As the shift towards mobile payments gains speed, Visa Europe plans to make online shopping easier for people in the UK by expanding its digital wallet service.
The FT reports that Visa has partnered with a number of large high street banks and retailers including Iceland, Topshop and Costo have signed up to Visa’s digital payment service V.me which is available to use in June.
Visa’s wallet, which enables consumers to make online purchases without needing to input their card details each time, was initially launched with Nationwide in 2013. V.me allows card holders to save all credit, debit and pre-paid cards from all issuers and once users add their cards to the application, they can then shop online from any mobile device.
V.me uses similar attributes to PayPal and means that when paying with Visa’s wallet, the user’s full card details are shielded from the website they are paying. According to Visa, the wallet helps to save time and effort when shopping online because it only requires users to enter an email address and password, it also said that because of the shielded card feature, it is more secure.
Wendy Martin, executive director of V.me said the launch “responds to the huge growth of online payments” which she said is growing three times faster than face-to-face payments.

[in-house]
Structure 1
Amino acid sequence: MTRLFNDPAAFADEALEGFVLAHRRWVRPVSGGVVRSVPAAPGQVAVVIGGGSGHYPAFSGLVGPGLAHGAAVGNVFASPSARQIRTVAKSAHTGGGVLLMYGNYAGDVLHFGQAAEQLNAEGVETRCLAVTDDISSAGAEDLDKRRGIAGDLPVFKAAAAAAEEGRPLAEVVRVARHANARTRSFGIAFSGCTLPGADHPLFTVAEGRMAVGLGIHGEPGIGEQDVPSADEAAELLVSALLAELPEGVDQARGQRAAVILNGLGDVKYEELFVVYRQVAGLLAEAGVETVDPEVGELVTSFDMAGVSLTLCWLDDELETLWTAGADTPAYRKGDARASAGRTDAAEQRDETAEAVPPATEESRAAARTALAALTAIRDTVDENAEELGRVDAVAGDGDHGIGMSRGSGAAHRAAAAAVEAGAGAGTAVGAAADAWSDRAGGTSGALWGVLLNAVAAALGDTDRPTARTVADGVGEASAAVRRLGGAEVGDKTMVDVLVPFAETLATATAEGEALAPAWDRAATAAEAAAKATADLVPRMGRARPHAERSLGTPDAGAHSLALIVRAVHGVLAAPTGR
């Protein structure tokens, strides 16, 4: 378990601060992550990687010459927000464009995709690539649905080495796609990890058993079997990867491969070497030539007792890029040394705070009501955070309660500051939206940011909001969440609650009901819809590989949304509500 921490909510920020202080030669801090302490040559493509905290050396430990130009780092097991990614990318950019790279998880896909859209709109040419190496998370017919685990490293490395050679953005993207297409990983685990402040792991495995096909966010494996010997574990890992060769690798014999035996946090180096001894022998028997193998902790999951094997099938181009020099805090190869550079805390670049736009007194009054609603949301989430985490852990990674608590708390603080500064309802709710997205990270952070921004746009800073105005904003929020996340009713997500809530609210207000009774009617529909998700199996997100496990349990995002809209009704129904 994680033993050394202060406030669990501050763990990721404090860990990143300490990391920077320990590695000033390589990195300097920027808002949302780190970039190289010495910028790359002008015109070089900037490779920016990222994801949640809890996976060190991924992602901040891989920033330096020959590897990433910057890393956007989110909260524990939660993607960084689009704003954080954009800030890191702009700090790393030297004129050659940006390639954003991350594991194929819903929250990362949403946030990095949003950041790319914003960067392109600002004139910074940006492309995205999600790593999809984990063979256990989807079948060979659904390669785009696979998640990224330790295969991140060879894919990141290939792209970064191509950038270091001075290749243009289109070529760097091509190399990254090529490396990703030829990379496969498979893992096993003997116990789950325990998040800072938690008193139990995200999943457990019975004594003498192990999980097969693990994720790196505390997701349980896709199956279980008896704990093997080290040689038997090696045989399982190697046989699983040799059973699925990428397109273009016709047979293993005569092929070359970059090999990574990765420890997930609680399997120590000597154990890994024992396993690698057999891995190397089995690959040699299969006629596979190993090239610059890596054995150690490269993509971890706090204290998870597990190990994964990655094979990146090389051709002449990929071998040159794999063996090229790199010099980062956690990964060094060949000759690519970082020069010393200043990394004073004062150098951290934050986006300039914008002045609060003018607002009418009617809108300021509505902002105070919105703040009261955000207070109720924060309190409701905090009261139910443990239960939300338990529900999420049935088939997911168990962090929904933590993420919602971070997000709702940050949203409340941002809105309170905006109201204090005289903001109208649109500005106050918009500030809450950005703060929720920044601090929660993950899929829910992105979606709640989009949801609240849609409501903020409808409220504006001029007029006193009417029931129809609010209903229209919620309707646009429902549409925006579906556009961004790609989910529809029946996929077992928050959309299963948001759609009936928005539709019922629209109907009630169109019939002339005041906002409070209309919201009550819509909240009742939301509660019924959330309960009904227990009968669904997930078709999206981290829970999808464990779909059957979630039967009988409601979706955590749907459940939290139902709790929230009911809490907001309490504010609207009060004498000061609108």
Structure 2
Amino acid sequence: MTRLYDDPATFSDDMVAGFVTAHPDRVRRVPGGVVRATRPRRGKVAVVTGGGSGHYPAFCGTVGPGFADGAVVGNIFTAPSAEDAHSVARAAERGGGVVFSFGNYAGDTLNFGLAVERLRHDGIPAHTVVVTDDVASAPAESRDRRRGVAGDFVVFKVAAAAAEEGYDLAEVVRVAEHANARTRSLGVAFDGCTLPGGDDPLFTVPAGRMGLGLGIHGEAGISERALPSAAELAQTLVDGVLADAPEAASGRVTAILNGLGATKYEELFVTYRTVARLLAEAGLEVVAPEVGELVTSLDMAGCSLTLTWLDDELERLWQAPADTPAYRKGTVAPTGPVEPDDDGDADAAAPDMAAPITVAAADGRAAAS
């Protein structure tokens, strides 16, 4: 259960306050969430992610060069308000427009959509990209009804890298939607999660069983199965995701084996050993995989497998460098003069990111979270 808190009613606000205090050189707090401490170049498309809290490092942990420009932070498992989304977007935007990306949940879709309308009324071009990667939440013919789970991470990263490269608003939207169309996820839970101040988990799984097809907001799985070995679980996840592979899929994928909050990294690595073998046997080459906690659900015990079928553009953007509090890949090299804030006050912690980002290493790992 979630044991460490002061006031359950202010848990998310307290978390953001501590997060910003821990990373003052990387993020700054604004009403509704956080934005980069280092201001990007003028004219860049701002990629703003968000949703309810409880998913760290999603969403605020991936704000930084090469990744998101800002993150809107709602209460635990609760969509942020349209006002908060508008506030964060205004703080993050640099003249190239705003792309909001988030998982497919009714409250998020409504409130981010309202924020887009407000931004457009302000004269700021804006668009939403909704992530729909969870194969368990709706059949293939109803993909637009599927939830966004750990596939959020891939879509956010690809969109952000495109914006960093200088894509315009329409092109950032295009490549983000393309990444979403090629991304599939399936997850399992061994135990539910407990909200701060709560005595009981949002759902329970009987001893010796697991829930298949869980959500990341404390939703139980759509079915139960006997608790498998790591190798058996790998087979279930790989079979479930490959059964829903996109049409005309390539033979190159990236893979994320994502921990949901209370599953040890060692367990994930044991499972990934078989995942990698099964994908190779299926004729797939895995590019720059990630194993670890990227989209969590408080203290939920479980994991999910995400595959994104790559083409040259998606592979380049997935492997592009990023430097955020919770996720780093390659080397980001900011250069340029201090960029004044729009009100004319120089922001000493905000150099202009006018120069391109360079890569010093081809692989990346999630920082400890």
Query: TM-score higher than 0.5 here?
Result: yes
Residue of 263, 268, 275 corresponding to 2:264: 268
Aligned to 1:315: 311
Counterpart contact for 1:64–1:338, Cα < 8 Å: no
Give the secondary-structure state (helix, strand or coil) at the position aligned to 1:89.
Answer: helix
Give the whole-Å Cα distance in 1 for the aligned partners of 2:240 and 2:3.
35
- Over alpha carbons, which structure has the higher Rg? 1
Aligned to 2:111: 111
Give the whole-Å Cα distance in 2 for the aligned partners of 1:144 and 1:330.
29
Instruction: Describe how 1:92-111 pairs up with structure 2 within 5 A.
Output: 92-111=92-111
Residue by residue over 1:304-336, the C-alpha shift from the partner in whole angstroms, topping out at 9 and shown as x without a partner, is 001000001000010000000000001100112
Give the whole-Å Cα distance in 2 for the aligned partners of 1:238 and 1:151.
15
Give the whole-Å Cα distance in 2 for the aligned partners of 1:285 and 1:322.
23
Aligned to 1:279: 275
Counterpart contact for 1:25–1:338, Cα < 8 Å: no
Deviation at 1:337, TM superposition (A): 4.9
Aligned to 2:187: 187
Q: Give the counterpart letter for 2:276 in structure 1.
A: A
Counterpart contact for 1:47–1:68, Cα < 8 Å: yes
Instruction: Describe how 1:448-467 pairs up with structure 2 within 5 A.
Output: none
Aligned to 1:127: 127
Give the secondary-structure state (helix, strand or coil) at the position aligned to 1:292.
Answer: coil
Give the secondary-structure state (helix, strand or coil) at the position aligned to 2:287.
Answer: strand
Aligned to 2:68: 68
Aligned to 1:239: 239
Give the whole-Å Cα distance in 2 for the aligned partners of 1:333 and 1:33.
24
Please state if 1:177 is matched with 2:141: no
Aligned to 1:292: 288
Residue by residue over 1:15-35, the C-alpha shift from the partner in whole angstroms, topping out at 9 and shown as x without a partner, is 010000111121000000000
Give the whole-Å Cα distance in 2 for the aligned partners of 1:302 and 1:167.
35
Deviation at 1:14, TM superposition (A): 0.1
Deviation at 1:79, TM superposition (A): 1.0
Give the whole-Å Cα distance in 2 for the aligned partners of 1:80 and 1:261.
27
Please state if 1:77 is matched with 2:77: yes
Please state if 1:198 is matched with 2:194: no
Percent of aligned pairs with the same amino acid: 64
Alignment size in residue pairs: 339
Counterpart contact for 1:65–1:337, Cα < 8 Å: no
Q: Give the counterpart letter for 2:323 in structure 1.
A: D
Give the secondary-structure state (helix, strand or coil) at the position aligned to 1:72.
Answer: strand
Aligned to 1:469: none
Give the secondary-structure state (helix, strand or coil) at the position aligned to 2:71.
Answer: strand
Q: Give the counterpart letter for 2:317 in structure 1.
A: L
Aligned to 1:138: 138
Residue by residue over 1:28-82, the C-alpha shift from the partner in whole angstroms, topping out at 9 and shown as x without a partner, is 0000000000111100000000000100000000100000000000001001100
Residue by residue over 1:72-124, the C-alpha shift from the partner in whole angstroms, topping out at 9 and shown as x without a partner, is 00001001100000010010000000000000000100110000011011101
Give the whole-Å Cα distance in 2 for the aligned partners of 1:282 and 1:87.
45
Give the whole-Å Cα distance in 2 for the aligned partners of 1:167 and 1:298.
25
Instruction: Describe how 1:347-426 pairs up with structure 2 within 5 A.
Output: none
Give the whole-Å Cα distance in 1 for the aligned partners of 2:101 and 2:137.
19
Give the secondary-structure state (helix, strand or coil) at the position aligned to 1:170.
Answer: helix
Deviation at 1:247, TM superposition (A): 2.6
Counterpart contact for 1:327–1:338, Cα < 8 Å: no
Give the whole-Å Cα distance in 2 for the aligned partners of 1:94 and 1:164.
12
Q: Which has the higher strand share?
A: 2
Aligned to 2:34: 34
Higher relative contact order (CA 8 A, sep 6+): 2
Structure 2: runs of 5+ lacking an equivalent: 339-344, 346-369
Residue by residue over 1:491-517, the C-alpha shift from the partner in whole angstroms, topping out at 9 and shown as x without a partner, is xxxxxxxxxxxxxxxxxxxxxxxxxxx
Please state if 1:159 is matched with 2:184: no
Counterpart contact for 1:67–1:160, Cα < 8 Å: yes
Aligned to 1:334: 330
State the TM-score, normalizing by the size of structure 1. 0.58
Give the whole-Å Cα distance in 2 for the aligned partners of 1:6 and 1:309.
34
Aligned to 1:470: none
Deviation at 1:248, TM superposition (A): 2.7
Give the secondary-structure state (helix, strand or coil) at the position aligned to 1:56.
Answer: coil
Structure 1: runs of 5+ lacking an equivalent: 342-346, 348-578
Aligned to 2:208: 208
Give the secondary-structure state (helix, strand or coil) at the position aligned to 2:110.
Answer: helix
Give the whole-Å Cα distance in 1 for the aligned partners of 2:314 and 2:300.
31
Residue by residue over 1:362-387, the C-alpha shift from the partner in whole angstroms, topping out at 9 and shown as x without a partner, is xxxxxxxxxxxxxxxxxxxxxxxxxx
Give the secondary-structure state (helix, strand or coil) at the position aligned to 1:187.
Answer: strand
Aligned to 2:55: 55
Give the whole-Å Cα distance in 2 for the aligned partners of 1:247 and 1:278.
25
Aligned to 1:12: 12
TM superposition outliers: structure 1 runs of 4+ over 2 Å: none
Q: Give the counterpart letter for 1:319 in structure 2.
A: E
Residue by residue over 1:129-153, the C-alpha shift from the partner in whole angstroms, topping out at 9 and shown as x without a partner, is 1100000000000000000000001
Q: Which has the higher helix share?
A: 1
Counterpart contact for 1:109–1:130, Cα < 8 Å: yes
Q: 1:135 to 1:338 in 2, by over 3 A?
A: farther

“The key online shopping trends are that people are looking to spend on mobile and tablets and that more are doing it on the go,” Martin said.
According to research by Barclays, by 2024 people are set to spend £54bn a year using phones and tablets compared to £9.7bn spent last year. The research also showed that almost 42 per cent of retail sales will involve a mobile device.
“The size of the retail opportunity is clear for all to see. The question every retailer should be asking themselves is what they are doing about it to not only satisfy today’s consumer but, also tomorrow’s,” said Richard Lowe, managing director at Barclays.
The Visa announcement comes at a time when competition is heating up between technology companies such as Google and PayPal which are also creating digital wallets. While these new payments systems are exciting for retailers and customers, they are also causing security and fraud concerns.
The FT reports that retailers who are signing up to new payments systems are providing additional entry points for hackers and that even biometric authentication is at risk. However, Martin says that “V.me also has a sophisticated fraud engine, which looks at patterns such as whether a consumer has used this device for payment before,” which allows for better risk decisions.